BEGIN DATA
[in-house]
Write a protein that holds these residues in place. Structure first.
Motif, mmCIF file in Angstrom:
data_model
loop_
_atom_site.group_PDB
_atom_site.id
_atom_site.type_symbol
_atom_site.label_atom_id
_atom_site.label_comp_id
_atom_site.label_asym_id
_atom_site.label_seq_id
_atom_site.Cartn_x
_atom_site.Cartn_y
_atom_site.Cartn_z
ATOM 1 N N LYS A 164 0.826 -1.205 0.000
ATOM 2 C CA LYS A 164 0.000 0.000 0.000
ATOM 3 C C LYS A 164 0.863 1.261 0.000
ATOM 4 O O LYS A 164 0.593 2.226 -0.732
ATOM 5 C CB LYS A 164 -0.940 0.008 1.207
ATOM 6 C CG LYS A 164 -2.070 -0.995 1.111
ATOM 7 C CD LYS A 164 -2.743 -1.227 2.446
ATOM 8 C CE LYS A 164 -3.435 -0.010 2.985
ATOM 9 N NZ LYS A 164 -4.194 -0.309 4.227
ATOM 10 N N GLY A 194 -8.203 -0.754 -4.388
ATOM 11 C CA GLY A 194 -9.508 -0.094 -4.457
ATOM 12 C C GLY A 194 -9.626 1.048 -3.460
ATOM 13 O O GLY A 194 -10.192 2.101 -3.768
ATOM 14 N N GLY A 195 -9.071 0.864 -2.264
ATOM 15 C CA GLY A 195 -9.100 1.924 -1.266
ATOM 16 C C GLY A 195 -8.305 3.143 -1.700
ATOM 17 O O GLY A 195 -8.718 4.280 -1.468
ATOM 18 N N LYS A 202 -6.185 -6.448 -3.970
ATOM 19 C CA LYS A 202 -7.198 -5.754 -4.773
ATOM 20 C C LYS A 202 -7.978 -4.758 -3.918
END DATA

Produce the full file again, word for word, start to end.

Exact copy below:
[in-house]
Write a protein that holds these residues in place. Structure first.
Motif, mmCIF file in Angstrom:
data_model
loop_
_atom_site.group_PDB
_atom_site.id
_atom_site.type_symbol
_atom_site.label_atom_id
_atom_site.label_comp_id
_atom_site.label_asym_id
_atom_site.label_seq_id
_atom_site.Cartn_x
_atom_site.Cartn_y
_atom_site.Cartn_z
ATOM 1 N N LYS A 164 0.826 -1.205 0.000
ATOM 2 C CA LYS A 164 0.000 0.000 0.000
ATOM 3 C C LYS A 164 0.863 1.261 0.000
ATOM 4 O O LYS A 164 0.593 2.226 -0.732
ATOM 5 C CB LYS A 164 -0.940 0.008 1.207
ATOM 6 C CG LYS A 164 -2.070 -0.995 1.111
ATOM 7 C CD LYS A 164 -2.743 -1.227 2.446
ATOM 8 C CE LYS A 164 -3.435 -0.010 2.985
ATOM 9 N NZ LYS A 164 -4.194 -0.309 4.227
ATOM 10 N N GLY A 194 -8.203 -0.754 -4.388
ATOM 11 C CA GLY A 194 -9.508 -0.094 -4.457
ATOM 12 C C GLY A 194 -9.626 1.048 -3.460
ATOM 13 O O GLY A 194 -10.192 2.101 -3.768
ATOM 14 N N GLY A 195 -9.071 0.864 -2.264
ATOM 15 C CA GLY A 195 -9.100 1.924 -1.266
ATOM 16 C C GLY A 195 -8.305 3.143 -1.700
ATOM 17 O O GLY A 195 -8.718 4.280 -1.468
ATOM 18 N N LYS A 202 -6.185 -6.448 -3.970
ATOM 19 C CA LYS A 202 -7.198 -5.754 -4.773
ATOM 20 C C LYS A 202 -7.978 -4.758 -3.918